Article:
Charlotte Eddings Ware, 85, went to be with her Lord Jesus on June 5, 2020 in Fort Worth, Texas.
Memorial service: An online memorial service will be hosted by Cliff Temple Baptist Church on July 1, 2020 (go to clifftemple.org/memorial to request an invitation).
Memorials: In lieu of flowers, memorial contributions may be made to the TB Maston Foundation, Royce Rose, Treasurer at 5414 Clover Ct, Fort Worth, Texas 76132 or any non-profit of choice.
Charlotte was born in Houston on March 29, 1935, the only child of John Loyd Eddings and Daisy Drake Eddings. Raised in Texas and Arizona, Charlotte graduated as valedictorian of North Phoenix High School in 1951. At Hardin-Simmons University, she was named University Queen, graduating in 1956 with a Chemistry degree. During graduate study at Baylor University, she met the love of her life, Weston Ware, in February 1957. They immediately fell in love, wed and enjoyed a wonderful marriage lasting 62 years. Their life and service together took them to Hawaii and Panama, where she learned to speak Spanish fluently. Later assignments included time in Puerto Rico, New York City, and back to Texas in 1974.
She always found a way to serve others and share her faith, opening her home to young Peace Corps volunteers in Panama, teaching Sunday school to immigrant workers in Puerto Rico, teaching Vacation Bible School in New York and helping resettle Vietnamese refugees in Texas. Charlotte taught science and math at Dallas Health Special High School, then a public school for pregnant teens. She had the gift of being remembered, and later in life was often recognized and approached by young women whose lives she had touched. She was always deeply involved with the life of her church, especially at Cliff Temple Baptist Church in Oak Cliff where she taught, served as a deacon, and supported social services. She was a founding board member of the TB Maston Foundation in Fort Worth. Her personal testimony included talking about her struggle with clinical depression and the importance of help she received through counseling and medical treatment. She wanted everyone to understand that depression is not a personal or spiritual failure but a treatable disease.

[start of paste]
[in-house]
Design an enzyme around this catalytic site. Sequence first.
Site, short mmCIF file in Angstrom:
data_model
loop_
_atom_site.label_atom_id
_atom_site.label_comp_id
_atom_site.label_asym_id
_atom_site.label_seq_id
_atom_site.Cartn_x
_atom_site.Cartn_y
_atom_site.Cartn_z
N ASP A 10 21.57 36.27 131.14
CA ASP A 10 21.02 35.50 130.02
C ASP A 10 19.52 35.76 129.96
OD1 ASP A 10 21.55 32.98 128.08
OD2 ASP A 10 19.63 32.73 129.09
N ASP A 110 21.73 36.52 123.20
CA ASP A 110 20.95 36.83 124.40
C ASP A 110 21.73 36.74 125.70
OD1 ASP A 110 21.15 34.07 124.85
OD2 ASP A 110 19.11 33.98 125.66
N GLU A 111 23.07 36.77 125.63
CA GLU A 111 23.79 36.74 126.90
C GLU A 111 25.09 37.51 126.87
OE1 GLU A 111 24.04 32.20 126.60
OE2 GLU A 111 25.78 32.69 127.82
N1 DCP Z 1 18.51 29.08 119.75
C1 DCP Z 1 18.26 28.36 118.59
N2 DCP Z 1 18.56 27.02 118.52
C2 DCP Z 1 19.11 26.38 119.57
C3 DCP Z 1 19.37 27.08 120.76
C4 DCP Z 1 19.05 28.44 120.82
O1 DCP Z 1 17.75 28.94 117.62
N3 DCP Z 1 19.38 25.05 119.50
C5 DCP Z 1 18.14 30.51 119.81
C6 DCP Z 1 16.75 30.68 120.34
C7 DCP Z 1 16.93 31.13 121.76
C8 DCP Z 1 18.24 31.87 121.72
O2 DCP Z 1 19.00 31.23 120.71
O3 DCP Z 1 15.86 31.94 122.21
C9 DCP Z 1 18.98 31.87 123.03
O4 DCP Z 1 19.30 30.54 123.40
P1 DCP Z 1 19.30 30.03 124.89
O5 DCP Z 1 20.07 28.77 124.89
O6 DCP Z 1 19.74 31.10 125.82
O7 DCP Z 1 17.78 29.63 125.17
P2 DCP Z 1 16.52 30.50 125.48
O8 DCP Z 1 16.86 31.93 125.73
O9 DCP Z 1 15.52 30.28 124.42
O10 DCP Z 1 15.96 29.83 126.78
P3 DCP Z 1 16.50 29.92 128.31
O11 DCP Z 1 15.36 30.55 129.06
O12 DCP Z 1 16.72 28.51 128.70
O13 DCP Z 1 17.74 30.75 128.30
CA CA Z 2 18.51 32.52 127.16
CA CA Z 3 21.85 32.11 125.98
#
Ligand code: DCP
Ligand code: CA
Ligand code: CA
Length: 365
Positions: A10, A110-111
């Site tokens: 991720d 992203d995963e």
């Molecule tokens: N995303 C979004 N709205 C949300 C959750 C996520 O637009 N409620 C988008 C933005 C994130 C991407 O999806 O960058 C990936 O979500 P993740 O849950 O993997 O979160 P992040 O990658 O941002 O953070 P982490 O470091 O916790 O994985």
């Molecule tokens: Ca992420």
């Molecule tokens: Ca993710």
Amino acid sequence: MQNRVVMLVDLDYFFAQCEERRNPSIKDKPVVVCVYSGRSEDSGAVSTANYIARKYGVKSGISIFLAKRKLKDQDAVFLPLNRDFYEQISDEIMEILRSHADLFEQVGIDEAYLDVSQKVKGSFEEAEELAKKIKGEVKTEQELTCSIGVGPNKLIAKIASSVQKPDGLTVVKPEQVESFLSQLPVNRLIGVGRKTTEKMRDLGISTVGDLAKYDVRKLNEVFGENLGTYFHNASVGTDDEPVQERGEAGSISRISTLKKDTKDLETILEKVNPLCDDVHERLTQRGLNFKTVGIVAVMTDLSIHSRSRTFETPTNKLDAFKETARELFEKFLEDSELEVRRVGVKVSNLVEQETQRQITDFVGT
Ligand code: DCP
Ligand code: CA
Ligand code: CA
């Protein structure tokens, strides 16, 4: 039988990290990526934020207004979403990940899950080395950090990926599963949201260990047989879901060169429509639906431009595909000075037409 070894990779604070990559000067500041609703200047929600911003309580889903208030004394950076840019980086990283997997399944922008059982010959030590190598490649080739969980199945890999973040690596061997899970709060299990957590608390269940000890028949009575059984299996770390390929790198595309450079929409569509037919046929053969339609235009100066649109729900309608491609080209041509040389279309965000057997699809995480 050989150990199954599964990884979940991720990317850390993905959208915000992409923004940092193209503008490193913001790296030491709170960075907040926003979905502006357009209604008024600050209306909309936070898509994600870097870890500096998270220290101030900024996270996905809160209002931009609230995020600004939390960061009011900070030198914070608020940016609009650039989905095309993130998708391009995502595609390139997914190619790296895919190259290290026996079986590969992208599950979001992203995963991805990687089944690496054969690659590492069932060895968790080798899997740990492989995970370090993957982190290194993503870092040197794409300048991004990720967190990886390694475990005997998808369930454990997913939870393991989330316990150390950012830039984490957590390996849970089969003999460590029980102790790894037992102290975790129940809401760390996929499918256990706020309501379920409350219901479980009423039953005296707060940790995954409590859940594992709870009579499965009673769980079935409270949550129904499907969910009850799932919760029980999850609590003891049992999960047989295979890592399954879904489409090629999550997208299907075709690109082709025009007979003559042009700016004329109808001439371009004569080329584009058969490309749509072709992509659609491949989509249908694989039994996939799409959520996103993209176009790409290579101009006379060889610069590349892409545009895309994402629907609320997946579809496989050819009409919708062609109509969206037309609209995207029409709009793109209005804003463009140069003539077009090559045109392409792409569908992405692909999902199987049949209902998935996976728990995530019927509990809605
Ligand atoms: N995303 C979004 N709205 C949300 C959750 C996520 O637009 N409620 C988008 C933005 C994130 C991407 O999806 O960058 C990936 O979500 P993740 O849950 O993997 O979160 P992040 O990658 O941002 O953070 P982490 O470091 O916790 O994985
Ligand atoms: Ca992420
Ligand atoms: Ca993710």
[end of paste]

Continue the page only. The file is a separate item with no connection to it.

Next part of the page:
Charlotte was also an artist, known to many for her original linoleum block Christmas card prints. Having worked with multiple art mediums, she became serious about printmaking after retiring from teaching and studied many years under Linda Ridgway at Cedar Valley College. Charlotte’s works include religious themes and playful visual ideas. In her 70s Charlotte began to suffer the gradual memory loss which eventually took her life. In memory care, her smile never ceased to win friends and bring joy to her husband.
She was preceded in death by an infant daughter, Caroline Brooke Ware.
Survivors: She is survived by her husband Weston, her children Cameron (wife Wendy) and Keren Ware Cummins, and five grandchildren.